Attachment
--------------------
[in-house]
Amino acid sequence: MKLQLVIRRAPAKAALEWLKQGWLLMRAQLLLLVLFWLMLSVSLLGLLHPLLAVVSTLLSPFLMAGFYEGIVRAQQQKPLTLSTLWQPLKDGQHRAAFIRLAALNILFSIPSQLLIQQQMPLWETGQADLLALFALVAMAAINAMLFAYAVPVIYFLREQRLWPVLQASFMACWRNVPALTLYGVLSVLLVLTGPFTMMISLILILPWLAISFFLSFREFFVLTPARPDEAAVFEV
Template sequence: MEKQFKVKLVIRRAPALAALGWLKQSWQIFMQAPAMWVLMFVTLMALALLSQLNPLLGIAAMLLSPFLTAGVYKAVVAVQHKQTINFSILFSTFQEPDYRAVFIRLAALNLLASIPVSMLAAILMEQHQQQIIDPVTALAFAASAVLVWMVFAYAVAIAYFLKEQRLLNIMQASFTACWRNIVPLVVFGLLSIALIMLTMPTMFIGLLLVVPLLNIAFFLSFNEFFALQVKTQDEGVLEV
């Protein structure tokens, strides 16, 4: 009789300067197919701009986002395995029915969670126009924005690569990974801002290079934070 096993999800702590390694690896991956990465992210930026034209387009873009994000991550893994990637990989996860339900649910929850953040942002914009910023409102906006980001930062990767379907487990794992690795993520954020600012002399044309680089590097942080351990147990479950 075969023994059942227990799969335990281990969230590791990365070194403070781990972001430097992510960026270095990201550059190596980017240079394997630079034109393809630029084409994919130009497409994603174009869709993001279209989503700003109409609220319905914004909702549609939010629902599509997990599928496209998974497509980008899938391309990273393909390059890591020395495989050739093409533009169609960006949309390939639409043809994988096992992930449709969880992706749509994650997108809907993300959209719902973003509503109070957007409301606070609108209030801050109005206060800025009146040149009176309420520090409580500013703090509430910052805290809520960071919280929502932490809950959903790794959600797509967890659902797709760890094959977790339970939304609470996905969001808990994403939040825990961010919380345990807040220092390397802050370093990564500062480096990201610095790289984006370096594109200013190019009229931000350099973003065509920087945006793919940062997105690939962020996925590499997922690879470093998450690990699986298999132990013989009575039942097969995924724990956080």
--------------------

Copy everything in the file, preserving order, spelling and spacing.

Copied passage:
[in-house]
Amino acid sequence: MKLQLVIRRAPAKAALEWLKQGWLLMRAQLLLLVLFWLMLSVSLLGLLHPLLAVVSTLLSPFLMAGFYEGIVRAQQQKPLTLSTLWQPLKDGQHRAAFIRLAALNILFSIPSQLLIQQQMPLWETGQADLLALFALVAMAAINAMLFAYAVPVIYFLREQRLWPVLQASFMACWRNVPALTLYGVLSVLLVLTGPFTMMISLILILPWLAISFFLSFREFFVLTPARPDEAAVFEV
Template sequence: MEKQFKVKLVIRRAPALAALGWLKQSWQIFMQAPAMWVLMFVTLMALALLSQLNPLLGIAAMLLSPFLTAGVYKAVVAVQHKQTINFSILFSTFQEPDYRAVFIRLAALNLLASIPVSMLAAILMEQHQQQIIDPVTALAFAASAVLVWMVFAYAVAIAYFLKEQRLLNIMQASFTACWRNIVPLVVFGLLSIALIMLTMPTMFIGLLLVVPLLNIAFFLSFNEFFALQVKTQDEGVLEV
């Protein structure tokens, strides 16, 4: 009789300067197919701009986002395995029915969670126009924005690569990974801002290079934070 096993999800702590390694690896991956990465992210930026034209387009873009994000991550893994990637990989996860339900649910929850953040942002914009910023409102906006980001930062990767379907487990794992690795993520954020600012002399044309680089590097942080351990147990479950 075969023994059942227990799969335990281990969230590791990365070194403070781990972001430097992510960026270095990201550059190596980017240079394997630079034109393809630029084409994919130009497409994603174009869709993001279209989503700003109409609220319905914004909702549609939010629902599509997990599928496209998974497509980008899938391309990273393909390059890591020395495989050739093409533009169609960006949309390939639409043809994988096992992930449709969880992706749509994650997108809907993300959209719902973003509503109070957007409301606070609108209030801050109005206060800025009146040149009176309420520090409580500013703090509430910052805290809520960071919280929502932490809950959903790794959600797509967890659902797709760890094959977790339970939304609470996905969001808990994403939040825990961010919380345990807040220092390397802050370093990564500062480096990201610095790289984006370096594109200013190019009229931000350099973003065509920087945006793919940062997105690939962020996925590499997922690879470093998450690990699986298999132990013989009575039942097969995924724990956080």